An article at The Atlantic by Miles Kimball and Noah Smith argues against the notion that some people are just not “math people” and I couldn’t agree more:
… we believe that the idea of “math people” is the most self-destructive idea in America today. The truth is, you probably are a math person, and by thinking otherwise, you are possibly hamstringing your own career. Worse, you may be helping to perpetuate a pernicious myth that is harming underprivileged children — the myth of inborn genetic math ability.
So why do we focus on math? For one thing, math skills are increasingly important for getting good jobs these days — so believing you can’t learn math is especially self-destructive. But we also believe that math is the area where America’s “fallacy of inborn ability” is the most entrenched. Math is the great mental bogeyman of an unconfident America. If we can convince you that anyone can learn math, it should be a short step to convincing you that you can learn just about anything, if you work hard enough.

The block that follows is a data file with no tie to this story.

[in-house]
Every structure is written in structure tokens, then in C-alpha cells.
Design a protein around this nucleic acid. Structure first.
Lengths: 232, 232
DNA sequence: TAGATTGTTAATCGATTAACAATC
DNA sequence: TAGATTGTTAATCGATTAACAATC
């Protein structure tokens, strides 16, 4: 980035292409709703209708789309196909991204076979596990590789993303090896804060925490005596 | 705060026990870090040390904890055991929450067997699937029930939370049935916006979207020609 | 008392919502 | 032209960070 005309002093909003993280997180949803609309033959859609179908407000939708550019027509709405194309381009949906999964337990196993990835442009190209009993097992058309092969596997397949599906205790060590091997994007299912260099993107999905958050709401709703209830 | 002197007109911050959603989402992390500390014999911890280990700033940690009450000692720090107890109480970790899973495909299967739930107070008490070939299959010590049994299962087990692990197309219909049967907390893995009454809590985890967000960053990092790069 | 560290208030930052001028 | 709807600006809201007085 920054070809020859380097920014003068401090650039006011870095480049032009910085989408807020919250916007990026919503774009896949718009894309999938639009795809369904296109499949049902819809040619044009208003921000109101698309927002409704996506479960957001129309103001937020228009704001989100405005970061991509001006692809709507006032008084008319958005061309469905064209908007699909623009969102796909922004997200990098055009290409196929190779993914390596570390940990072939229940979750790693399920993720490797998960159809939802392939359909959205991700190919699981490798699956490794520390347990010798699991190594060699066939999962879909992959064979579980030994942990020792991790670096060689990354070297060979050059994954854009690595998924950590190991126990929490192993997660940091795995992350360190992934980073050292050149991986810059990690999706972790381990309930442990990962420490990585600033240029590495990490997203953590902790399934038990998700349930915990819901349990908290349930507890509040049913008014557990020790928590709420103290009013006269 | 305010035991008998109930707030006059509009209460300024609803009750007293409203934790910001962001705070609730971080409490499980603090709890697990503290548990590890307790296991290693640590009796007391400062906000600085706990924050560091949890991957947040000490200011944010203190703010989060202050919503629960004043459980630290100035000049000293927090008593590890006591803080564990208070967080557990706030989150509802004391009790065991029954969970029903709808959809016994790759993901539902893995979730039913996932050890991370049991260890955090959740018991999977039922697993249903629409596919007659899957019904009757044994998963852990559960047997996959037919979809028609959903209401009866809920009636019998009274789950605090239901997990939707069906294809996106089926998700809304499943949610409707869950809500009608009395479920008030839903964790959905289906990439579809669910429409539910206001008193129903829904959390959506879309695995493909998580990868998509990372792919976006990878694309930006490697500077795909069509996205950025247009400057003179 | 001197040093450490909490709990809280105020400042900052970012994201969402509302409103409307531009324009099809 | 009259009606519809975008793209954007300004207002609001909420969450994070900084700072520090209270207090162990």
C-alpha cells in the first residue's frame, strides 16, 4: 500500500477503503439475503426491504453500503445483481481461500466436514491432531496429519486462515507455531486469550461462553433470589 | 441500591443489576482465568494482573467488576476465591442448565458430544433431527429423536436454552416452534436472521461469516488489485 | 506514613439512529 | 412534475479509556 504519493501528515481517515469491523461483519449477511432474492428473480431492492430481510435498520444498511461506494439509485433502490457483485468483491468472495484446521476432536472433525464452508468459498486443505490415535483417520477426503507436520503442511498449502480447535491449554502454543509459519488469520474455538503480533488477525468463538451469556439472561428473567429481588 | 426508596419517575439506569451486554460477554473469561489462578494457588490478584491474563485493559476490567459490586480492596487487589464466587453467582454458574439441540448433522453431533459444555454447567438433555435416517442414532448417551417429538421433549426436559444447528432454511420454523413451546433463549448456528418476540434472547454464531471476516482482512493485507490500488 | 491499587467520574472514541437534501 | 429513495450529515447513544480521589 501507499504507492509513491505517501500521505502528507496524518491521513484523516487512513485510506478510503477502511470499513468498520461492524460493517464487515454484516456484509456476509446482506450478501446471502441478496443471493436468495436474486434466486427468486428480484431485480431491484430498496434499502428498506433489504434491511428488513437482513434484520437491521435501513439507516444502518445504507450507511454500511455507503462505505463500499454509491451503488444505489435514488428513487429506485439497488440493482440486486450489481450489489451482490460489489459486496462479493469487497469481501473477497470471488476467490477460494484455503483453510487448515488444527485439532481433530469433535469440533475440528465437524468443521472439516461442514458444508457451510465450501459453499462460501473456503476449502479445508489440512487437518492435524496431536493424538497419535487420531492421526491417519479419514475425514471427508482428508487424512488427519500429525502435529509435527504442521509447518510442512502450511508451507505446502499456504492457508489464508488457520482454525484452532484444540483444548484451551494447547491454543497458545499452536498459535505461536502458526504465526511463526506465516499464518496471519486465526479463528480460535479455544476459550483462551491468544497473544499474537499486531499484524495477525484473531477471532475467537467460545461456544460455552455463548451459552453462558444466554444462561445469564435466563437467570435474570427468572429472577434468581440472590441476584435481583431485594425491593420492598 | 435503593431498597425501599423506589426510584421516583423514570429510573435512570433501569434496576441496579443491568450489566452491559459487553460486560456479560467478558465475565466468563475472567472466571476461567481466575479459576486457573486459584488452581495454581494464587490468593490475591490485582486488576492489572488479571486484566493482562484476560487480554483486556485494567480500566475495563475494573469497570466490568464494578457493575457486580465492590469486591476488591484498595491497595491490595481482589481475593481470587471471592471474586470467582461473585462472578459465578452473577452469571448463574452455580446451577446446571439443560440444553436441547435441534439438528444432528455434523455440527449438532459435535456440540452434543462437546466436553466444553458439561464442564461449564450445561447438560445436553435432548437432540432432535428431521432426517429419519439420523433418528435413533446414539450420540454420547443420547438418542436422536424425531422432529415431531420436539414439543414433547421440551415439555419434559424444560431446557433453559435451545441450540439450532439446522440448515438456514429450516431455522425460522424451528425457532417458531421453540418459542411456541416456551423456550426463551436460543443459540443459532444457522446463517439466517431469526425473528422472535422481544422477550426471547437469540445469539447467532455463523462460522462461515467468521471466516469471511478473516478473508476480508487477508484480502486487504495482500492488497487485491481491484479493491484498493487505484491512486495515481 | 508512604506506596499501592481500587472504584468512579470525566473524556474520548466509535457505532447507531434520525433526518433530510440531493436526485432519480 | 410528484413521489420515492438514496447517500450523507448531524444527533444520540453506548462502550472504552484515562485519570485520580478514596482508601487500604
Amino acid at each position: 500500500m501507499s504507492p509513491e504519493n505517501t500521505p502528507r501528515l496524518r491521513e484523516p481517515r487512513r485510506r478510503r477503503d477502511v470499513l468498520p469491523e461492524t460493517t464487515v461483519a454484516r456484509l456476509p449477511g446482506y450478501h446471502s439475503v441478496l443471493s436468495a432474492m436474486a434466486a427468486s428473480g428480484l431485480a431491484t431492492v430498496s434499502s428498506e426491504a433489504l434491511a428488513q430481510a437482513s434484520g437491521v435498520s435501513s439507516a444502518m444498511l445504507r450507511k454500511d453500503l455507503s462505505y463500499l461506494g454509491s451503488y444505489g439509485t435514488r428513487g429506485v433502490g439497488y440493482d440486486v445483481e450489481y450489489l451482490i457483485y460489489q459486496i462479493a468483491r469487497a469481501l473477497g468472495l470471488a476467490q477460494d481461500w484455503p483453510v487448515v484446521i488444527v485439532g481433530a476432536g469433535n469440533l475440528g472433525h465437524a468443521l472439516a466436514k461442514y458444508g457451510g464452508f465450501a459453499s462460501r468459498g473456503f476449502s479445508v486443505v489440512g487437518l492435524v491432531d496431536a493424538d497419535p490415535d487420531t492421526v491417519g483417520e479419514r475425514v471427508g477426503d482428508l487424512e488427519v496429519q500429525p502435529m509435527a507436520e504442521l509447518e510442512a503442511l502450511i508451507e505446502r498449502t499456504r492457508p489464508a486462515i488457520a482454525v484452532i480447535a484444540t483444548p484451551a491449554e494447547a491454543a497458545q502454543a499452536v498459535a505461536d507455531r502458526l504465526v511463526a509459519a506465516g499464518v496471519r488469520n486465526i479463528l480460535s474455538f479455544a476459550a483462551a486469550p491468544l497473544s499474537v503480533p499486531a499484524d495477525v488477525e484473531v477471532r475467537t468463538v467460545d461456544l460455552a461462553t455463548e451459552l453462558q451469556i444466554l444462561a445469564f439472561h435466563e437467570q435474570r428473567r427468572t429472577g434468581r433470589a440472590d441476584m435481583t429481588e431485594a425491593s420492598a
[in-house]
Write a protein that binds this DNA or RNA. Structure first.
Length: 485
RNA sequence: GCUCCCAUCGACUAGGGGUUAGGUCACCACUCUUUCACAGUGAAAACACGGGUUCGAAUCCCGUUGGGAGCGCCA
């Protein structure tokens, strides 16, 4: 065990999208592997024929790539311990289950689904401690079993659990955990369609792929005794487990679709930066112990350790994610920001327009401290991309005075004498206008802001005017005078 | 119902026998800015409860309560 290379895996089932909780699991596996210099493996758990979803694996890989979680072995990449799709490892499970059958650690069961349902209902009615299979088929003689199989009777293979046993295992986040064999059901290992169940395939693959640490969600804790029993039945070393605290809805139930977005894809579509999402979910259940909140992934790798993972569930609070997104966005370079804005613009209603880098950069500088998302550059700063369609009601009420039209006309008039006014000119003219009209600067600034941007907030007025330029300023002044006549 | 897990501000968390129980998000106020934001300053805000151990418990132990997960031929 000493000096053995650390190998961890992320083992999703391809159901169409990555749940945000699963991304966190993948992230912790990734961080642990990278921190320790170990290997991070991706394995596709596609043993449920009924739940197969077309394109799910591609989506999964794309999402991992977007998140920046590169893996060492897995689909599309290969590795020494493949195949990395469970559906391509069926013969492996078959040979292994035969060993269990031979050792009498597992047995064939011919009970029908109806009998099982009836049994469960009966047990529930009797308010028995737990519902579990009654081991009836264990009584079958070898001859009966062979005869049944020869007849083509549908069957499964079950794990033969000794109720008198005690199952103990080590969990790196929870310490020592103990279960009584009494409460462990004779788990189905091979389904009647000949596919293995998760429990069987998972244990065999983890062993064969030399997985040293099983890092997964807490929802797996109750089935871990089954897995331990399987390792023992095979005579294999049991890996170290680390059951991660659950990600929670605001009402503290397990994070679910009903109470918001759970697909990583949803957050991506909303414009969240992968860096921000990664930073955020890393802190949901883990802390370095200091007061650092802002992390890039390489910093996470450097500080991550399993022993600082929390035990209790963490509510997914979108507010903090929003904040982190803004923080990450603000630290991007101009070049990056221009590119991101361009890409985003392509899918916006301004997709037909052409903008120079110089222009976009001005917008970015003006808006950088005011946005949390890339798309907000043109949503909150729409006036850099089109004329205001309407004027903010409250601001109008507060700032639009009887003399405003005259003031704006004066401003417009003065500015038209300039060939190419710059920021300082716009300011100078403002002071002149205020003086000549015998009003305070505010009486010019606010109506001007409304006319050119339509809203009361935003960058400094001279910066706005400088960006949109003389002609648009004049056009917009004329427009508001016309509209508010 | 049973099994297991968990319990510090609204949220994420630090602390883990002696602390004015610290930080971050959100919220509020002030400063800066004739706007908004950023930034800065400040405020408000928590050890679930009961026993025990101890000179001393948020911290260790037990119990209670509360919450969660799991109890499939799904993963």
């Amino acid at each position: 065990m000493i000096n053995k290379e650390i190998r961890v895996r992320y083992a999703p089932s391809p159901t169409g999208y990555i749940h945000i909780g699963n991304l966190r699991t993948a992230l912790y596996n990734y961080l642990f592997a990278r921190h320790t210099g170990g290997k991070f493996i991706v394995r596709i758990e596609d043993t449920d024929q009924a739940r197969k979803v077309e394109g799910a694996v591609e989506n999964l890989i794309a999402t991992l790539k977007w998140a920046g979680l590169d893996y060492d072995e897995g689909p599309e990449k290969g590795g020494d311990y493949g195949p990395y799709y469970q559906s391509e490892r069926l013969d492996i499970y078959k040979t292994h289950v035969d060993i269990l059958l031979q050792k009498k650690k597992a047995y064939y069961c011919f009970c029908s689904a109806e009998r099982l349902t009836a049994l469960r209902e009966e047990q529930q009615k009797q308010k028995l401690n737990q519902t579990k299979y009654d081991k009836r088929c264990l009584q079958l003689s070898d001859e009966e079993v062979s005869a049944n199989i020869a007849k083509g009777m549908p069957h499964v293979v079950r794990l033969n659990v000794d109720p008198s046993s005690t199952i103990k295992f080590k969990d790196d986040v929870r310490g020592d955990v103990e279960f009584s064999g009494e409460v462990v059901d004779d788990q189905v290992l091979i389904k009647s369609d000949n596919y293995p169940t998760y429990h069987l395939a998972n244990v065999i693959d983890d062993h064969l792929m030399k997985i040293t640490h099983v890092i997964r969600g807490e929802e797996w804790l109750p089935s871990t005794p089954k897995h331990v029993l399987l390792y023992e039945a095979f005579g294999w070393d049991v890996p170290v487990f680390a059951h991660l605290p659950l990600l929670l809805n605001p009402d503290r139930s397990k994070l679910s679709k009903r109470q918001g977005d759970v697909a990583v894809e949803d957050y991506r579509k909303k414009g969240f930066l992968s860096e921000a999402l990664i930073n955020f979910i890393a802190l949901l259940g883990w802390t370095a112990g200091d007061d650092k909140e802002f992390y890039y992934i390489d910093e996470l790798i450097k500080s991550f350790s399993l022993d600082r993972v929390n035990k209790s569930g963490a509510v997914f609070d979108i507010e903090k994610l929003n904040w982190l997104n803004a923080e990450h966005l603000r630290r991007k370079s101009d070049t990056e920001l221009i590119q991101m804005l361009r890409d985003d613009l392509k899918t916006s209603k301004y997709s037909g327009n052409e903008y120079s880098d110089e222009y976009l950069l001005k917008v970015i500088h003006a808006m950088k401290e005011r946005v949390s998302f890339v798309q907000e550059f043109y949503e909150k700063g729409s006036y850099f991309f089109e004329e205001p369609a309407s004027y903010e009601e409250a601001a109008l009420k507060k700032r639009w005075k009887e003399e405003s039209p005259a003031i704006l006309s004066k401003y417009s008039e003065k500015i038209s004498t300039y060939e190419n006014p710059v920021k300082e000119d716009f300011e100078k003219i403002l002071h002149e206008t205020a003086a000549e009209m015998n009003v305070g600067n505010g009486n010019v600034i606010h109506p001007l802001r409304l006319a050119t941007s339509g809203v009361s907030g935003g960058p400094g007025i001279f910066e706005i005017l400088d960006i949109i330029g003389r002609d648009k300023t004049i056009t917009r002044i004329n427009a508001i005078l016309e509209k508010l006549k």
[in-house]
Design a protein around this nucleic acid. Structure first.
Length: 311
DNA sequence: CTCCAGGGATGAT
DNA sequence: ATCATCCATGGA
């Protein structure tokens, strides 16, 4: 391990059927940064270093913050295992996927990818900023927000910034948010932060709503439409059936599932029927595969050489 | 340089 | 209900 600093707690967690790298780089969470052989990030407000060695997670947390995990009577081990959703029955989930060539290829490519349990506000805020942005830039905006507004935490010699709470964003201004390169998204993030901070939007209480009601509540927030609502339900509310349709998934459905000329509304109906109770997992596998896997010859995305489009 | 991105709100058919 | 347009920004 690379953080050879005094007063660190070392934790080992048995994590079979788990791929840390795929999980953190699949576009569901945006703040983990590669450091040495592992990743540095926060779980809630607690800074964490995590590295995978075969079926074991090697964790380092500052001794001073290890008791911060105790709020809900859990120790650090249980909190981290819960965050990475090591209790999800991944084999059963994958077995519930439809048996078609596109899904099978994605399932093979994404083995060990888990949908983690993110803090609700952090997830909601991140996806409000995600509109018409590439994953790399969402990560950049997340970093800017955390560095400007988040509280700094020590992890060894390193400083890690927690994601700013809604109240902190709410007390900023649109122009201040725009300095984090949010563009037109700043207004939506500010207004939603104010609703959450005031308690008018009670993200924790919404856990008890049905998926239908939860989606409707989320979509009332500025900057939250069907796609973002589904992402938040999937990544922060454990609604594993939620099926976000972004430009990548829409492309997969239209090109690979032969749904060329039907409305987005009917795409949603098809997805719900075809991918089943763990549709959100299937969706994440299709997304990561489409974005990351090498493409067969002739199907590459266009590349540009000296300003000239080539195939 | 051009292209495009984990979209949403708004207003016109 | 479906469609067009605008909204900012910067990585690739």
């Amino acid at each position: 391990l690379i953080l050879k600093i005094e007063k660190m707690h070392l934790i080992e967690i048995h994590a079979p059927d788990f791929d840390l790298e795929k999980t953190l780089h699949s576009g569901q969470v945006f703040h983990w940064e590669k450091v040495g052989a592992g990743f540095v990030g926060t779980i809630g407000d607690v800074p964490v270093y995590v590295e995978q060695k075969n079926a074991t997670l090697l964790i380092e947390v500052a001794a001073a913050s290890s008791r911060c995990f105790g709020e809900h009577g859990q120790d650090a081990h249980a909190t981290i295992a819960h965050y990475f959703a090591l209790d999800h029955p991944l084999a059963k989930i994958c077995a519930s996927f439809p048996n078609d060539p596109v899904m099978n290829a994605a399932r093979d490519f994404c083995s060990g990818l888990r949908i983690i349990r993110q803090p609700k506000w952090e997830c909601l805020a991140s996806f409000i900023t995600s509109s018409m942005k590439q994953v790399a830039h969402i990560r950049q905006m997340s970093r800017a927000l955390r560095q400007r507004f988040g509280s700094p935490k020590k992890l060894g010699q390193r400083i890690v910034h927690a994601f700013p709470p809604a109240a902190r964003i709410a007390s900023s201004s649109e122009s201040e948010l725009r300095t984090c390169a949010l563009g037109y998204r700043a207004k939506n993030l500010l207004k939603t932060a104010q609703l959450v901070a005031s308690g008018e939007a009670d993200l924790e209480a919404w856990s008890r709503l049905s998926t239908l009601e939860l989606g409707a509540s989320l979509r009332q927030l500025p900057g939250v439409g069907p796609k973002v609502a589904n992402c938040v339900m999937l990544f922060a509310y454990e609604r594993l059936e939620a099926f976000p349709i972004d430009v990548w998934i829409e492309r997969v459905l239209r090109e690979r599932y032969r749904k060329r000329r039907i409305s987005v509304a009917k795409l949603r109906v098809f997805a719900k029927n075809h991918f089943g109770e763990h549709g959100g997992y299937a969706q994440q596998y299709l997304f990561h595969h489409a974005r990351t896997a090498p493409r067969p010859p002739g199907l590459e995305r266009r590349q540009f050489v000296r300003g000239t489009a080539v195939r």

This is precisely what I’ve noticed in nearly a decade of teaching math at the high-school level: The students who say they’re “bad at math” tend to do just fine when they’re given good instruction and practice properly. The students who don’t do well are usually the ones who aren’t trying very hard in the first place.